Should I listen to my heart or feelings or whatever I want to call myself? Are my feelings and intuitions infallible? Are they always right? Do they always match the real world outside of myself? The answer here is an obvious, “no.” Furthermore, what results from this? Has our society’s fascination with internal, subjective truth led to good things? I am sure you have noticed all the peace and security around us, free from strife and hatred. I bet you have enjoyed the polite, substantial discussions on social media and in the news. Of course you have not. When we make our inner self, whatever we label it, the prime litmus test for truth and trust, we end up as the most entitled and self-absorbed people we can be. Clearly this has not and does not work.
How about the various secular powers-that-be, whether media, governmental, academic, or anything like these? They so often contradict and backpedal. They certainly have not been free from mistakes. There is a reason that so many of these institutions have historically low trust ratings in polls: they are not infallible and when they purport to be, they end up revealing themselves as the very imperfect human institutions that they are.
What about religious authorities? If you have not heard, Pope Francis has caused a media kerfuffle with his confusing permission about blessings and same sex marriages. And while Catholic theologians will tell you that their church still adheres to the biblical understanding of marriage as between one man and one woman, a number of liberal catholic clergy are using his pronouncement to promote and celebrate gay marriage and are doing so without being reprimanded by the Pope. This pope serves as a stark reminder of why we Lutherans believe that the very office of the papacy is against Christ and His Church, not because Catholics worship the devil or anything like that, but that ridiculous and ungodly things happen when a man presumes to stand in the place of Christ in the Christian Church.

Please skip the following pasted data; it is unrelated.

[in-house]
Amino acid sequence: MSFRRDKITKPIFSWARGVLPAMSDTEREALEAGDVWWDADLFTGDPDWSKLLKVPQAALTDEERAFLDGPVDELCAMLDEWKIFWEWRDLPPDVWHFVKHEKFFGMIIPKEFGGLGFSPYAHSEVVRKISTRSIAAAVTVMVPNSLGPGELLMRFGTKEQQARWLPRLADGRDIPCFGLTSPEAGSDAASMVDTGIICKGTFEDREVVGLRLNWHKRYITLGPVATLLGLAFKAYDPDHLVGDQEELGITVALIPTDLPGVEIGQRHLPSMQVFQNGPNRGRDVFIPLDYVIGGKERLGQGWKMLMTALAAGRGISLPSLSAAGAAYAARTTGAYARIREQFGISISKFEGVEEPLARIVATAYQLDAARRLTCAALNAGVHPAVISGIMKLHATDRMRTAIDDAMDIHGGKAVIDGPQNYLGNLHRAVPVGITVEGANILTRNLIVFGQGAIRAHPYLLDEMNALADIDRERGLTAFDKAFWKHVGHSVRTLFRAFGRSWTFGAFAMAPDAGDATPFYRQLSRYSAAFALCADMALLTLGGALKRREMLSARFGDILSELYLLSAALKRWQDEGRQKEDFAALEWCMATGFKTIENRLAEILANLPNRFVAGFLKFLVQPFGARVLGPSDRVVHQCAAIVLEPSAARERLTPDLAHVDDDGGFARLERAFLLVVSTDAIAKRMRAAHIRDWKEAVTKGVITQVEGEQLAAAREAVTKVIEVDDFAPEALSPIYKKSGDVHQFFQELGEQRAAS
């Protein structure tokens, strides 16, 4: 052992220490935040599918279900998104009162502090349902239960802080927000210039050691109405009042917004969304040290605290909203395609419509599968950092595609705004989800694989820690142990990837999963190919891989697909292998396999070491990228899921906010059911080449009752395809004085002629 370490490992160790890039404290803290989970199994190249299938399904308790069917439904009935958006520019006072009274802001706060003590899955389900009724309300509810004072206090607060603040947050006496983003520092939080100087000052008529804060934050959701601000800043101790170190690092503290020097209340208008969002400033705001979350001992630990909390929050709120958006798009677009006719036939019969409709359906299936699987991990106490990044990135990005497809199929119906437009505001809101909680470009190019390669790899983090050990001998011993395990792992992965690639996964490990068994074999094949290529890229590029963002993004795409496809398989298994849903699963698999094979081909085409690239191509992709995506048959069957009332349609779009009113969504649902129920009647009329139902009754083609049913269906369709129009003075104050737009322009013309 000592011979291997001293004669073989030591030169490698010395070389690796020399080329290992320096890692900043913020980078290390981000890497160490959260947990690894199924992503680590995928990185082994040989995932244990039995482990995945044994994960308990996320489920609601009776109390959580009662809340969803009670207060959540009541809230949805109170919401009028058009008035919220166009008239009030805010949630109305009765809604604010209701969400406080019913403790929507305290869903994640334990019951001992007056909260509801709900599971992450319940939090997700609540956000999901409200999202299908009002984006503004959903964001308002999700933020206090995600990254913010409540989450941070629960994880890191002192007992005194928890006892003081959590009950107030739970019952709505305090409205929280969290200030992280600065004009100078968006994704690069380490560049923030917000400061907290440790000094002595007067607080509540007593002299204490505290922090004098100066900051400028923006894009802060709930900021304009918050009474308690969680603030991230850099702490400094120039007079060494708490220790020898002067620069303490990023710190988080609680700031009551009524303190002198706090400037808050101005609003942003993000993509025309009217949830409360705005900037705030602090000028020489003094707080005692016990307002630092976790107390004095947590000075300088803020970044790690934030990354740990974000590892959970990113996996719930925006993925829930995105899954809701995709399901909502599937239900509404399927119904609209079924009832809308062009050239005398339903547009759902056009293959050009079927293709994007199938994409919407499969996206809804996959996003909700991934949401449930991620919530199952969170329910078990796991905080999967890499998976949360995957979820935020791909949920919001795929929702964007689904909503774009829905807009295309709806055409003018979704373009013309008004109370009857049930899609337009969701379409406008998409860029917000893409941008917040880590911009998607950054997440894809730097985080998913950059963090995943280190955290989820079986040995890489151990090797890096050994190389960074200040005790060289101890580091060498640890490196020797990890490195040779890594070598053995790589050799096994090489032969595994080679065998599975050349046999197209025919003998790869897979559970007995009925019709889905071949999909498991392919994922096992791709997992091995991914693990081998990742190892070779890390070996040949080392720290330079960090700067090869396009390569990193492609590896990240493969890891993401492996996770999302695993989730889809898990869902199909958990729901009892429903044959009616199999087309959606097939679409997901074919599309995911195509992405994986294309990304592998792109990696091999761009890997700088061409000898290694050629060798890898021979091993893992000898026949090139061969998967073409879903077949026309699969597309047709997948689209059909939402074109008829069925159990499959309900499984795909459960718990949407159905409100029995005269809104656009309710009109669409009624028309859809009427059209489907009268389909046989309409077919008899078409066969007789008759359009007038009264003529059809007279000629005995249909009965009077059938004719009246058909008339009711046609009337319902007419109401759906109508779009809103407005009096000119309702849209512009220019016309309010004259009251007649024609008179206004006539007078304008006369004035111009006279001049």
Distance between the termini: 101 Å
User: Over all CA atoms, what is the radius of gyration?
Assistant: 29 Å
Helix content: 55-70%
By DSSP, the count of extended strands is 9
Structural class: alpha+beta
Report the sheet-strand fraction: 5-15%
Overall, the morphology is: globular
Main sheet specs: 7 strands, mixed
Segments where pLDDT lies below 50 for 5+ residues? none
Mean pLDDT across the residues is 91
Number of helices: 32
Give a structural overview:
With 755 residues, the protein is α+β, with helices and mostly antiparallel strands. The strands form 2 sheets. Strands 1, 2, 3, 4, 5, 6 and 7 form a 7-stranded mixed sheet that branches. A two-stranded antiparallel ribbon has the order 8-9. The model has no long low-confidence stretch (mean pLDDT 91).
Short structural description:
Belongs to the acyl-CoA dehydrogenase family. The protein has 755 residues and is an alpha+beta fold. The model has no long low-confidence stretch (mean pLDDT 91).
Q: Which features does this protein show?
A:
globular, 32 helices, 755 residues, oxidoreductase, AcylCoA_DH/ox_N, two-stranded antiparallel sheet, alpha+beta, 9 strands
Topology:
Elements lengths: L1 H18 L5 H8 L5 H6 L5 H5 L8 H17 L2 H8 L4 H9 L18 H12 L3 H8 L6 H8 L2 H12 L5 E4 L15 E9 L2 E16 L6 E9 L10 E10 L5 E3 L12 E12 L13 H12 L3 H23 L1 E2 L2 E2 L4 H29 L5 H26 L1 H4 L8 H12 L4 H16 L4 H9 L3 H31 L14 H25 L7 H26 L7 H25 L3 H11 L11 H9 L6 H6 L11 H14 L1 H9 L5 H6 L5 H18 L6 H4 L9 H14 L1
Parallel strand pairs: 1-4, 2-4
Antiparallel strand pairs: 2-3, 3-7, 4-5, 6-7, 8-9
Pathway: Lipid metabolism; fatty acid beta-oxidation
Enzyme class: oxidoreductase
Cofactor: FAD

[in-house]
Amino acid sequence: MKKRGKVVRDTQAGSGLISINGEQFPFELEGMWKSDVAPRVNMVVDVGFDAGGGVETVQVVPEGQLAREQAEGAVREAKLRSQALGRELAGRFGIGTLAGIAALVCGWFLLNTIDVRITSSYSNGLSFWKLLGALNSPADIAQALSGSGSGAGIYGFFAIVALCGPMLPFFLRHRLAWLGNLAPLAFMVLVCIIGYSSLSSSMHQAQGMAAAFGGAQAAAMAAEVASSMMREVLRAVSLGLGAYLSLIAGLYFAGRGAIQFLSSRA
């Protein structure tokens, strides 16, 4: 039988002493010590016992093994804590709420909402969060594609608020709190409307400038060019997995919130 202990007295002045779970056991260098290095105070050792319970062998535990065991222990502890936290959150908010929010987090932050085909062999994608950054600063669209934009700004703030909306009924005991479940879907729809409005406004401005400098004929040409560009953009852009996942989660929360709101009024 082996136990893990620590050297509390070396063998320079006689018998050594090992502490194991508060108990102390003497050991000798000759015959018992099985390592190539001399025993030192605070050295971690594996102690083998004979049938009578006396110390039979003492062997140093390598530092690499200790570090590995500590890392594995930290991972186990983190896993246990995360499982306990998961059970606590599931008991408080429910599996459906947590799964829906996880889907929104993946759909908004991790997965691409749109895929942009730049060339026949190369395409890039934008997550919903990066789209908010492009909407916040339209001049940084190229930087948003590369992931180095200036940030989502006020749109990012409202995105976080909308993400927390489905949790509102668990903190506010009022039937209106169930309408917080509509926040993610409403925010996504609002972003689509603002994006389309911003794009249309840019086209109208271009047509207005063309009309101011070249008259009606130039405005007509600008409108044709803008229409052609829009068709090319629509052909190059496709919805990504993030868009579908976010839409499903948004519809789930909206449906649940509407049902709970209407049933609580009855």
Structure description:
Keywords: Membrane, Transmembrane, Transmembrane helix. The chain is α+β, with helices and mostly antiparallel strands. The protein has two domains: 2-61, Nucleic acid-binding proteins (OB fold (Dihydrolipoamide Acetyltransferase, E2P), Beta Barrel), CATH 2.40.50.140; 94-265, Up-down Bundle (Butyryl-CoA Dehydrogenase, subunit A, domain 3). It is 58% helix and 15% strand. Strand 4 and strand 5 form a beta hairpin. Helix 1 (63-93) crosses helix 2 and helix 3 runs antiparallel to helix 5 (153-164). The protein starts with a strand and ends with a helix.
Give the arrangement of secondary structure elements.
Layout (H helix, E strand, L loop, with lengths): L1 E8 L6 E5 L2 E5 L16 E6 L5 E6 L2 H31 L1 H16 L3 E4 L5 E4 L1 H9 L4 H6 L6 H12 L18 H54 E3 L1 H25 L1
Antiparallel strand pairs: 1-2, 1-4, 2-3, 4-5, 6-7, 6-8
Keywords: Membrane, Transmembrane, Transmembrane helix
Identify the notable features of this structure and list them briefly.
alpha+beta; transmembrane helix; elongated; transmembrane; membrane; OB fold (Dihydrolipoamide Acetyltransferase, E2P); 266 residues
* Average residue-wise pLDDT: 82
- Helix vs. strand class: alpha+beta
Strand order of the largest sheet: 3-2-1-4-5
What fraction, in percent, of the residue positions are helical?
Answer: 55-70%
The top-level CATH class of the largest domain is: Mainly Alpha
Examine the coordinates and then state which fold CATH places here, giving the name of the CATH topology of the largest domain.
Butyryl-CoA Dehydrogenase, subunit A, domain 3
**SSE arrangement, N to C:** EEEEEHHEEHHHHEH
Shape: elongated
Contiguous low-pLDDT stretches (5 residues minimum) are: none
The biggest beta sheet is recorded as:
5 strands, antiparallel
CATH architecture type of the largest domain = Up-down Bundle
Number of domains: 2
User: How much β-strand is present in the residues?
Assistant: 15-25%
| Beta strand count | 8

But the Pope is not the only problem here: far too many of our people listen to false preachers like Joel Osteen or Pastor Salem and read books dripping with false teaching. Even if the pastor is a godly man who teaches the truth, it is still possible to get overly attached to him and to wrap up one’s religious identity with a particular pastor. Someday Pastor Brademeyer will be gone and anyone who joins or leaves our church because of that reality is someone who listens to the wrong thing.
Because, at the end of the day, we need to listen to the prophet foretold by Moses here, the one who will be great and who will speak with His own authority, Jesus Christ. He and He alone should have our ears. And because of this, everything in the church must be built on Him and lead back to Him. Everything else is at best a distraction, at worst, idolatry. This is for a very simple reason: we need a mediator to intercede for us, that is, plead to God on our behalf. On Mount Sinai, also known as Mount Horeb as in our reading today, the people of God realized that they needed a mediator, someone to shield us from God’s overwhelming glory and to plead for our forgiveness. And while Moses was granted to do this for a time, he was far from perfect. But now we have a perfect, everlasting Mediator. The eternal Prophet, Jesus Christ. And our Father simply bids us to listen to Him. And if we did not get the point here, the Father speaks the same way when our Lord is transfigured, “This is my beloved Son, listen to Him!”
And listening can be hard, especially when we do not want to hear. When I was in college, I took a class in which the professor encouraged active listening. It took me a long time to figure out that active listening is not active. The activity in it is to quiet the mind, so to keep focus on the message being heard. Similarly with the body, to keep it still and focus on what I am listening to. In other words, the hard part of listening is not to do something, but to keep myself from doing something else. Listening, at a its root is passive. And precisely because of this passive quality, this is how God has chosen to give His salvation, so that it would be clear that all things pertaining to salvation depend on Him and Him alone. And from this hearing, come works. Good works, the Scriptures say, proceed from faith.
So, dear friends, we must pay attention and listen to the right things. Not only in lesser things such as politics and philosophies of men, but above all in the greatest things, those things of God, who is our great teacher and Savior.
In the holy Name of + Jesus. Amen.
The peace of God which surpasses all understanding keep your hearts and minds in Christ Jesus. Amen.
 Luke 9:35
 Hebrews 11:6